Tomorrow, July 4th will be a major day for the right to return movement. The residents of the St. Bernard public housing project along with several key activist organizations are planning a rally to reopen public housing across the city. The Department of Housing and Urban Development (HUD) has stated that they intend to demolish thousands of units of public housing in the city, including the St. Bernard projects. They plan to use HOPE VI funds to redevelop the sites, or to possible create “greenspace.” The residents and activists have other plans.

Below is a description of the event posted on the web by an activists who works with the Survivor’s Village. Survivor’s Village is a tent city established outside of St. Bernard by residents to protest the city, and HUD’s plans to demolish their homes.

“Survivor's Village on July 4th: Day of Protest, Rally and Unity
On July 4th public housing residents and community supporters from all over the country will gather at the Surivor's Village for a Day of Unity, Protest and Rally.

The Survivor's Village is located on the 3800 block of St. Bernard Ave., across from the St. Bernard Housing Development.

The Day begins at 10am with the rally scheduled for 3pm. Water will be available, but please bring food or drink (non-alcoholic) to share with the group.

July 4th as Independence Day is also Freedom from Oppression Day as public housing residents continue their battle with the Department of Housing and Urban Affairs (HUD) to reopen public housing.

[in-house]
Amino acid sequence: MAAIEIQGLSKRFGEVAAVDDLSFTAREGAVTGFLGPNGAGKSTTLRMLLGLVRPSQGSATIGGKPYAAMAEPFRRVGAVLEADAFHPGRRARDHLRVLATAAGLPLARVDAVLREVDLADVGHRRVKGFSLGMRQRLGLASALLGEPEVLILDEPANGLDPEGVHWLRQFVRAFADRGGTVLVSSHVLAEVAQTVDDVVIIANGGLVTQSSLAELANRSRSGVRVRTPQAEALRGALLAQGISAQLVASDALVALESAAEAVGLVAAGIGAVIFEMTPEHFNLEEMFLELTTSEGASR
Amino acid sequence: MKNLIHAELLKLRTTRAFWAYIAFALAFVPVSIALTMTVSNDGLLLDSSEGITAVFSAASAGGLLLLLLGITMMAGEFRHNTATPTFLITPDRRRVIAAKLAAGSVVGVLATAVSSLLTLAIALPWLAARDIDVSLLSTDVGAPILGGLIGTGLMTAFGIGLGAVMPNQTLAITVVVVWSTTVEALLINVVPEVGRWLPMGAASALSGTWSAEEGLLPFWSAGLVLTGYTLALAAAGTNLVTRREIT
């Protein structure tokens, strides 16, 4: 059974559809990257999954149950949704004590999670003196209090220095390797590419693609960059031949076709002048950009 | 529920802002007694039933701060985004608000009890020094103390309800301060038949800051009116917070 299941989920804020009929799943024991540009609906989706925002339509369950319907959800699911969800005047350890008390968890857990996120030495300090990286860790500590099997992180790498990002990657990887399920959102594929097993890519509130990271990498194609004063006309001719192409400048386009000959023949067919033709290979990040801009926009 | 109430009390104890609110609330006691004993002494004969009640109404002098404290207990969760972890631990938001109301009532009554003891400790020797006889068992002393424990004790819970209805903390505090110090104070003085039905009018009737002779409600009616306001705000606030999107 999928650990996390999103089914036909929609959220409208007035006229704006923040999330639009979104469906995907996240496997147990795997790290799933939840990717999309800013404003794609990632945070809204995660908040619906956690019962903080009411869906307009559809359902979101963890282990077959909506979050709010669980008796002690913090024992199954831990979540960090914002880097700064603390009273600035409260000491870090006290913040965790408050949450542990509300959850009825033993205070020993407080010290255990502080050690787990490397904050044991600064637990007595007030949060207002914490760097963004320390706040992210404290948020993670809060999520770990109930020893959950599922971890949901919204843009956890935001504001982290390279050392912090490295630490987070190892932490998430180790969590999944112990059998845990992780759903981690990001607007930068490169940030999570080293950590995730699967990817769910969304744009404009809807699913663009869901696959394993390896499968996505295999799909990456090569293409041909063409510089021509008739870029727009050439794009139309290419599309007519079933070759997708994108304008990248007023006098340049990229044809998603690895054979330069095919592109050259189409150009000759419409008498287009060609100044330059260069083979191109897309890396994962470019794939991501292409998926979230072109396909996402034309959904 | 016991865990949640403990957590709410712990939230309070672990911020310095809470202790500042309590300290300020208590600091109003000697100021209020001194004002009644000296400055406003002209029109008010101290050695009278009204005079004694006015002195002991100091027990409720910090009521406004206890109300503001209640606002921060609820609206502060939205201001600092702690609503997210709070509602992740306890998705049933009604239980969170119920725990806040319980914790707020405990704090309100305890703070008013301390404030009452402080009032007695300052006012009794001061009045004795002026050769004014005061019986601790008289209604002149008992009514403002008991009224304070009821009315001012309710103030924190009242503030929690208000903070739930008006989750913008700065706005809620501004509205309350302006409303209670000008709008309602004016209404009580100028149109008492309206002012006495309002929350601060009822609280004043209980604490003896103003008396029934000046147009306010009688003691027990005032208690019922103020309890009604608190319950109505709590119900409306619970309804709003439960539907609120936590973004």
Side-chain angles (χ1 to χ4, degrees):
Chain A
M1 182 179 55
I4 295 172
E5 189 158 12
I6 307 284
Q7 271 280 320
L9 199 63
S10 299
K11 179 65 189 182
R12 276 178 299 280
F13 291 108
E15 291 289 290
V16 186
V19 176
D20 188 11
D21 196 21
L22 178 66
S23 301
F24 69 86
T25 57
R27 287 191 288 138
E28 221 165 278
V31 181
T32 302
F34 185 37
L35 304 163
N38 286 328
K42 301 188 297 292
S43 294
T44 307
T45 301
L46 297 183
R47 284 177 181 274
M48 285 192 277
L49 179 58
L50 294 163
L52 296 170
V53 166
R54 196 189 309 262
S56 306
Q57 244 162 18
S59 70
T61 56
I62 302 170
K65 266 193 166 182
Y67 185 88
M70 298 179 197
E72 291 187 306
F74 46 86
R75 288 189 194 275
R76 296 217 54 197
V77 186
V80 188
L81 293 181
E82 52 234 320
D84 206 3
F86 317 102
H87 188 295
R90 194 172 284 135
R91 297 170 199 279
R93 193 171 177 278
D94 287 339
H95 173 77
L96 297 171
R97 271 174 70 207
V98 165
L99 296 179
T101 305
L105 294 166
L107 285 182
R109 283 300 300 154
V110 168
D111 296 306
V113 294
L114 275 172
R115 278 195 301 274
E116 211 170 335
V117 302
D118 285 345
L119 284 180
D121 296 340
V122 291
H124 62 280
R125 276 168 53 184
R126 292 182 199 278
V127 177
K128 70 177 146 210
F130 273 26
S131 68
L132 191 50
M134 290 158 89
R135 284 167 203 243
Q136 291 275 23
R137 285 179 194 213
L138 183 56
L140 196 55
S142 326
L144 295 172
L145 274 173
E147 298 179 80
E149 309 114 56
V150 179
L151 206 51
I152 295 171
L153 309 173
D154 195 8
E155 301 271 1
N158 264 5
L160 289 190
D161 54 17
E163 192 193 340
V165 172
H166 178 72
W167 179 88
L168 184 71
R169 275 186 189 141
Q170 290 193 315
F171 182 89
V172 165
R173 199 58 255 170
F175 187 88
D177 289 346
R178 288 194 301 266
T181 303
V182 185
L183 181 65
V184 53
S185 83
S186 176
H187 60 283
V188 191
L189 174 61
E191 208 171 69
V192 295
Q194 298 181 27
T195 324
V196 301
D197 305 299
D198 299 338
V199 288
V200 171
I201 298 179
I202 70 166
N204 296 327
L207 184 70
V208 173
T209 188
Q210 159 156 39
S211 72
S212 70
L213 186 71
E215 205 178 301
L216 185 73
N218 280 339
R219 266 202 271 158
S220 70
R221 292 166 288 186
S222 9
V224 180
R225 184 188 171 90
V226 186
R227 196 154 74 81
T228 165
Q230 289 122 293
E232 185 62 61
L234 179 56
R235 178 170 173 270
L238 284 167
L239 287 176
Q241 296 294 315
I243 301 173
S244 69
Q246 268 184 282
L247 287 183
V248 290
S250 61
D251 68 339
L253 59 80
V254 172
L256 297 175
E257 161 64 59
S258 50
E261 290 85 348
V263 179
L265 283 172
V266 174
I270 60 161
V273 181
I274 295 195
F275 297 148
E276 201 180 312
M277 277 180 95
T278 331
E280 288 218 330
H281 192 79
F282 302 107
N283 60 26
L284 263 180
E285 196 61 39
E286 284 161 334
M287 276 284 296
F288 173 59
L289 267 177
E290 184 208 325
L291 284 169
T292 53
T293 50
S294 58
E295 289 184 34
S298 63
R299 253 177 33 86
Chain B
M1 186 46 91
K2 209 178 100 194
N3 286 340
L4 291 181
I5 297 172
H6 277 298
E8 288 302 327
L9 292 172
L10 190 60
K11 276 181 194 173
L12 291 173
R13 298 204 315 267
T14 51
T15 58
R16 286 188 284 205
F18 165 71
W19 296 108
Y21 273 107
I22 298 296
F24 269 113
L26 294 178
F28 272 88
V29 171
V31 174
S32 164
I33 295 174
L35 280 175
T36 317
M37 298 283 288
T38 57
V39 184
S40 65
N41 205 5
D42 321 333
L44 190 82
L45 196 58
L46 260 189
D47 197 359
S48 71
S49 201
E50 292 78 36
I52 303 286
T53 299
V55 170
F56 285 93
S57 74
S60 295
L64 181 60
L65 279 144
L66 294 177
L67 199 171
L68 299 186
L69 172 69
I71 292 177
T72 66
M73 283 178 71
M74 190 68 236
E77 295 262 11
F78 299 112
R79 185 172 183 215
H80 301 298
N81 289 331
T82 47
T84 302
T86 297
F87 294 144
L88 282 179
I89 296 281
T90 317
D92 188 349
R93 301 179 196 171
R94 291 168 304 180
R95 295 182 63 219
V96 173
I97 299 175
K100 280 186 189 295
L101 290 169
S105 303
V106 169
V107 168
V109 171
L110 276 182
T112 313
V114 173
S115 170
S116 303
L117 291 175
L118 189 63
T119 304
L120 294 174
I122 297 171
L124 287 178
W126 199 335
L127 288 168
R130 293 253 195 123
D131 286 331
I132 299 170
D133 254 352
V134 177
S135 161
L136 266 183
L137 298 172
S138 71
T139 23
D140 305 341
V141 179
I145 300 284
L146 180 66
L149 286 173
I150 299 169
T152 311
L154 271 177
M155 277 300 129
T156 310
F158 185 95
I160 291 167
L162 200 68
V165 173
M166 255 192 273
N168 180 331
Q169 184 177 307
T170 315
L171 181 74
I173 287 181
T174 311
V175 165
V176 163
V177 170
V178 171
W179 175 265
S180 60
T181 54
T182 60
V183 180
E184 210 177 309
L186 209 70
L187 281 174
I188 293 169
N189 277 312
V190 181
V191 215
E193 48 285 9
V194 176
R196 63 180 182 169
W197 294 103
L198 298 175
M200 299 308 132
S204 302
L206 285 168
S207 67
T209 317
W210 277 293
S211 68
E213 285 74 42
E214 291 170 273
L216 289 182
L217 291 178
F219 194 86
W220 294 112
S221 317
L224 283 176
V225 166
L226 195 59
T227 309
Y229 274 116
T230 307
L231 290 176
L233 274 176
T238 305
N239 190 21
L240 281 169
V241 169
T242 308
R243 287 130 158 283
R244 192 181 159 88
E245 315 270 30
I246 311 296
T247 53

Yesterday, a new battle front was opened in this fight when residents of public housing filed a law suit against HUD, alleging civil rights violations in HUD's refusal to repair and reopen the public housing developements damaged by Katrina.

Residents and supporters are determined to continue this grass roots movement for the Right of Return and the right to affordable housing for working class people everywhere.”

See - http://www.survivorsvillage.com/ for more information.

I'll let Ella and Louis have the last word, cause I don't want to sound too pessimistic.

"The weather is fright'ning
The thunder and lightning
Seem to be having their way
But as far as I'm concerned, it's a lovely day
The turn in the weather
Will keep us together
So I can honestly say
That as far as I'm concerned, it's a lovely day
And everything's O.K.

Isn't this a lovely day
To be caught in the rain?
You were going on your way
Now you've got to remain

Just as you were going, leaving me all at sea
The clouds broke, they broke and oh!
What a break for me

I can see the sun up high
Tho' we're caught in the storm
I can see where you and I
Could be cozy and warm

Let the rain pitter patter
But it really doesn't matter
If the skies are gray
Long as I can be with you it's a lovely day"

2 comments:

Anonymous said...

Just to let you know your effort here is really appreciated...and I hope to keep up ..hang in there..
Dick F

Tanya P. said...

Hope the July 4th rallies went well. For me, it just felt great to NOT be in the states for all the fireworks displays. gawdy. I always had that feeling like the city wasn´t ready for another storm. take care, little d!